The officer couldn't match Ainsley's intensity and backed off. He pulled out a radio to contact his superiors. Ainsley heard sirens coming their way. His window was closing quickly.
He made sure Nicte saw him before he leaped over the railing. She snarled, but backed up several steps. He landed lightly on his feet a few yards from the child, who looked at him with relief and surprise. She probably didn't expect someone to purposely enter the danger she'd fallen into by accident. Amazingly, she still had not screamed. He dug his fingers into the thick grass. Last night's rain had left the ground cool. Indeed this was a good day to die.
He took a moment to inspect the girl's condition. She had the incredible purity of skin that marks a child. Yet only feet away waited Nicte, who could shred that beauty in seconds. Ainsley was impressed by the girl's courage. She deserved a chance.
The sun's warmth bore down on him like a hand to his back pushing him to do what he must. He cast a last glance to the sky. A dying leaf circled in the wind, looking for a final resting place. It decided on the girl's face and landed carefully on her cheek. It was curious how the crimson splotch it created could either be a lovely blush highlighting her youth, or the stain of blood. As always, nature continued about its business indifferent to human predicament. Whether or not she lived today, he knew everything was as it must be.
He reached over to lift the lost leaf from her face and place it next to her. "Are you hurt?"
She shook her head no.
"The tiger nearest you, breathing on you, is Nicte. She's top dog here."
She giggled. Apparently she liked his joke.
"Can you move?"
She nodded yes.
"It was very smart to remain still. What's your name?"
She pointed to her throat. Ainsley realized her silence wasn't due to fear.
"Can you understand me?"
"You can tell me your name later. Let's get you back to your mother."
She signaled OK.
"Just a couple rules. Don't make any fast movements and don't look them in the eye. Most important, don't run. They love to chase."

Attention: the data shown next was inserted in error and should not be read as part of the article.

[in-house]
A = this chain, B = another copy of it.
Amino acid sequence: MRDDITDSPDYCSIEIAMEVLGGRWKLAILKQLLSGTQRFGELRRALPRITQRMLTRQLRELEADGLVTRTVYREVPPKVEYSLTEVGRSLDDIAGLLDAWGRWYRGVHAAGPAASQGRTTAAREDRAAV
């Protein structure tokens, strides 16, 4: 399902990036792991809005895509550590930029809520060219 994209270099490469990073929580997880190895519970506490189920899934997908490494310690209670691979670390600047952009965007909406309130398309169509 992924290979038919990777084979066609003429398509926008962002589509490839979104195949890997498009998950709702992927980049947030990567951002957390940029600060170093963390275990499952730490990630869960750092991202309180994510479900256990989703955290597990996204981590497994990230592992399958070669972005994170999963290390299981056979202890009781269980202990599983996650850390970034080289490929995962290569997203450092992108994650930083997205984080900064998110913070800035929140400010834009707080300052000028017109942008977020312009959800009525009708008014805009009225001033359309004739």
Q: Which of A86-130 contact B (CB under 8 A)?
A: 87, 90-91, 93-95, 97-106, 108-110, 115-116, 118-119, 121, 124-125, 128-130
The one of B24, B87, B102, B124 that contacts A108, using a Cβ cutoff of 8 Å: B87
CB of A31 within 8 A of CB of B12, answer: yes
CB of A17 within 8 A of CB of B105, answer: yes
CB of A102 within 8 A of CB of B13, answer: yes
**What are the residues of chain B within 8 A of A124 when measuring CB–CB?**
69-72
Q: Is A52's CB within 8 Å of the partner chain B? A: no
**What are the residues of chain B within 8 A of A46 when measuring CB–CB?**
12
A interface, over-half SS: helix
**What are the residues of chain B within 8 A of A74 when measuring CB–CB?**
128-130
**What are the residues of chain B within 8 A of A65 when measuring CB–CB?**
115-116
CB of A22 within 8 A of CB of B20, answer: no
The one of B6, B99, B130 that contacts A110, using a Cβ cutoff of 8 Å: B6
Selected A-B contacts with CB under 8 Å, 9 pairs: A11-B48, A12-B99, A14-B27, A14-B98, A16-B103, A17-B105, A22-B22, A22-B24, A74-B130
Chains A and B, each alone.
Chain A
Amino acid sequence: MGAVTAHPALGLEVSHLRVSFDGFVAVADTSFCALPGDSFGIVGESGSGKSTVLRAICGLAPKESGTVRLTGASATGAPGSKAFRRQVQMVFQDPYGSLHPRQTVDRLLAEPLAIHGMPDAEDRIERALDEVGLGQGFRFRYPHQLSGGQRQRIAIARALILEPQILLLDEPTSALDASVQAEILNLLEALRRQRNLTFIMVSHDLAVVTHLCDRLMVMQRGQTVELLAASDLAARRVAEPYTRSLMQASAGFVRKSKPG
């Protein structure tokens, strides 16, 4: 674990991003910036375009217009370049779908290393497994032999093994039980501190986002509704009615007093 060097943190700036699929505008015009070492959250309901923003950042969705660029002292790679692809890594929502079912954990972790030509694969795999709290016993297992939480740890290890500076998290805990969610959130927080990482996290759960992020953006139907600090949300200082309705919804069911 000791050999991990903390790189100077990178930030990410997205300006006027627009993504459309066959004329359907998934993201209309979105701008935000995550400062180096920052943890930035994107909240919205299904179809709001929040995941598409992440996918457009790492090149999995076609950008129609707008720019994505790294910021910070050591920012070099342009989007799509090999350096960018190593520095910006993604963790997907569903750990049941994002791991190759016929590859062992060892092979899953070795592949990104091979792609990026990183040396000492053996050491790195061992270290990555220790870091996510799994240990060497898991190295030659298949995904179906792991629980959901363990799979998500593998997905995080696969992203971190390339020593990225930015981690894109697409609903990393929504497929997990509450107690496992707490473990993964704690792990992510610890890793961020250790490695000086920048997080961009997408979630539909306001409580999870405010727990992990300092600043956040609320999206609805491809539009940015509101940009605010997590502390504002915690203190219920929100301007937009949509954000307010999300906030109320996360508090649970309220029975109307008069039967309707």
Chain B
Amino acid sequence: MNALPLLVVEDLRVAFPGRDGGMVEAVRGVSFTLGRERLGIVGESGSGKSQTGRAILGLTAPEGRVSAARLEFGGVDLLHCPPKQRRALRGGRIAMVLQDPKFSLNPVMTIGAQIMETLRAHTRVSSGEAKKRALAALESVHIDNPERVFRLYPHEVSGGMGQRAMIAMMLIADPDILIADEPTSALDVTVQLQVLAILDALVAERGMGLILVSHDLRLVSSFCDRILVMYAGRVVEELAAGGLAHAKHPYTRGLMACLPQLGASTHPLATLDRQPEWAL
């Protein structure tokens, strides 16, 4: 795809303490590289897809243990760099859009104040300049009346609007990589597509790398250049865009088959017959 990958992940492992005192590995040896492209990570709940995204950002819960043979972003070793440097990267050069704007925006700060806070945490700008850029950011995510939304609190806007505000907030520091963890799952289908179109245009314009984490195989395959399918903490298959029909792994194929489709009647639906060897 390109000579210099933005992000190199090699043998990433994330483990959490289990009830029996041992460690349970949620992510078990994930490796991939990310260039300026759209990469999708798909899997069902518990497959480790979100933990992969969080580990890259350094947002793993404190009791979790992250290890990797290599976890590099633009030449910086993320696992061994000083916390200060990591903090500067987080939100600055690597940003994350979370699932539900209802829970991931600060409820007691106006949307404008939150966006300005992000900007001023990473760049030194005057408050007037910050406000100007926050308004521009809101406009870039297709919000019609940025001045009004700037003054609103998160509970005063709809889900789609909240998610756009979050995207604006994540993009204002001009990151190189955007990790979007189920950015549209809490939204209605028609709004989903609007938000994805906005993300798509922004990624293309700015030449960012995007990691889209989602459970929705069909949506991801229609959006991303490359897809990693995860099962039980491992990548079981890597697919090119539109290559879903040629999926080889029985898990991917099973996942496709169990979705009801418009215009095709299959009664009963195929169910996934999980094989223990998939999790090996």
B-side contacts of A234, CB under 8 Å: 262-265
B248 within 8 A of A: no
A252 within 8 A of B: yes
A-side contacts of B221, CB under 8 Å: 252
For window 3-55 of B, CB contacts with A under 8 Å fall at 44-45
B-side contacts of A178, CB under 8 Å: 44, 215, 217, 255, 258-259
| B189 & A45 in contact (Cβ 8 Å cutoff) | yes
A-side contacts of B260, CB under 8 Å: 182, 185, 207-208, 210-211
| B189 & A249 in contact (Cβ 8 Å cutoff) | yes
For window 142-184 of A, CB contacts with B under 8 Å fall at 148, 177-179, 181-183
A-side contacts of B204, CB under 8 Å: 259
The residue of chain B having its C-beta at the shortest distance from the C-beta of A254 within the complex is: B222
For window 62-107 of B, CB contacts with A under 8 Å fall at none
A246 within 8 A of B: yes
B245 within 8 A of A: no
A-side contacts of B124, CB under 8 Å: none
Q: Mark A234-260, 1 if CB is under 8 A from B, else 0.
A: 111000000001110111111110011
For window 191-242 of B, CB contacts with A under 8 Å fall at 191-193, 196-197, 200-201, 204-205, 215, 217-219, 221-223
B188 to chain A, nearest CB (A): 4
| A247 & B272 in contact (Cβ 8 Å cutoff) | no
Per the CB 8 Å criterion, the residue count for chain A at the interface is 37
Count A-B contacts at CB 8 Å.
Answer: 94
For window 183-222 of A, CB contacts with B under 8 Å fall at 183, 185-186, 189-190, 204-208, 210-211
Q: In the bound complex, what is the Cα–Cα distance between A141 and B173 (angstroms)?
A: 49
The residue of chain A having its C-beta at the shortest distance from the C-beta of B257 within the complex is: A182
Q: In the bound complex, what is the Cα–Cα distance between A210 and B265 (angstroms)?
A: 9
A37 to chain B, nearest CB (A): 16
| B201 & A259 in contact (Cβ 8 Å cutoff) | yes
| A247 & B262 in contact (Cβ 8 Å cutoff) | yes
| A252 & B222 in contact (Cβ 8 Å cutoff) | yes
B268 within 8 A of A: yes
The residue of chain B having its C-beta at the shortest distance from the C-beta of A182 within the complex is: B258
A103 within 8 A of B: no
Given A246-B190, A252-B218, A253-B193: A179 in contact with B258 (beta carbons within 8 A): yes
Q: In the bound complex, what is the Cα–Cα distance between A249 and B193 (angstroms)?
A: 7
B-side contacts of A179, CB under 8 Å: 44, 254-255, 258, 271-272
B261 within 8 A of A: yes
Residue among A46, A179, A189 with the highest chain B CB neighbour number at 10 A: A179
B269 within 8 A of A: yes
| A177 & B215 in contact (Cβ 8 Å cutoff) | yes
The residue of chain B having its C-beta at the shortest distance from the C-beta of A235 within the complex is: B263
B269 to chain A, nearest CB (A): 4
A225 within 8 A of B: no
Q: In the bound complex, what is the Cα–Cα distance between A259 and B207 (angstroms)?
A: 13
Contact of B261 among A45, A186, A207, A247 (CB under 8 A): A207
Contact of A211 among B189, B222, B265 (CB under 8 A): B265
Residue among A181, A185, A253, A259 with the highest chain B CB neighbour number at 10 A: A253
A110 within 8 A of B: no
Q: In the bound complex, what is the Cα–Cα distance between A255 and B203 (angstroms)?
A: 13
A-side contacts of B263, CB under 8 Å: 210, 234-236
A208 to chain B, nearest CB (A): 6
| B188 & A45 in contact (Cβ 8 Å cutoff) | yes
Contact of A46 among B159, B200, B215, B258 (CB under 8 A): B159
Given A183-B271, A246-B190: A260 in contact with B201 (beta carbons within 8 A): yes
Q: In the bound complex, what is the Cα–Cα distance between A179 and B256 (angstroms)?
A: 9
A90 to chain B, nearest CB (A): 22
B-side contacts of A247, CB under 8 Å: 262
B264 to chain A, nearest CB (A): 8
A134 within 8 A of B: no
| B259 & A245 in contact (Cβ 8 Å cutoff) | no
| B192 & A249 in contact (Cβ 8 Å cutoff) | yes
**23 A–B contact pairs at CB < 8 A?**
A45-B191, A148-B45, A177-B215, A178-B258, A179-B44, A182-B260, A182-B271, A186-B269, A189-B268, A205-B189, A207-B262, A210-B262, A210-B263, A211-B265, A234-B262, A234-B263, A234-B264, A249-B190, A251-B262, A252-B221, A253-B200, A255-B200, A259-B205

She started to whimper. That had been a mistake to say.
"Honey, I won't let them hurt you. I'm the boss here and they listen to me or else I make them stay in their rooms."
She sucked the sobs back into her throat.
"You were brave waiting here for me. I'm very proud of you."
She smiled at his encouragement.
"I'll lift you onto my back. Can you hang on like a baby monkey?"
She managed another smile and nodded yes. Ainsley kept his eyes on Nicte. She'd backed off, but was pressing forward again. Her sisters were pressuring her. If she didn't act, they would. She tested Ainsley with a ferocious growl. His glare held her at bay. He heard a commotion overhead. Nicte's display had unsettled the crowd. Jock and the officer targeted their guns on her.
"Lower your weapons or this child's blood is on your hands."
"Ainsley, I have direct orders to start putting the cats down," said Jock.
The sirens went silent, indicating the police cruisers had arrived. He was out of time.
The girl lay between him and Nicte. He'd respected Nicte's claim to the prey, but now he was going to break their delicate truce. He approached the child and spoke to Nicte. "I've got to take her with me. I'm asking your permission, Nicte." The cat stepped closer and halted three feet from the girl. She pulled her lips back to reveal aging but still effective fangs. From deep in her throat came a blend of purr and growl that begrudgingly said yes. Up in the crowd a woman screamed.
"Jock, clear those people away. I'm taking her out now. No surprises." He looked up into Jock's eyes to deliver his final command. "This time she's mine."
There was fear in Jock's eyes, and sweat. He wiped them clear with his wrist and blinked several times. Jock's indecision gave Ainsley his moment.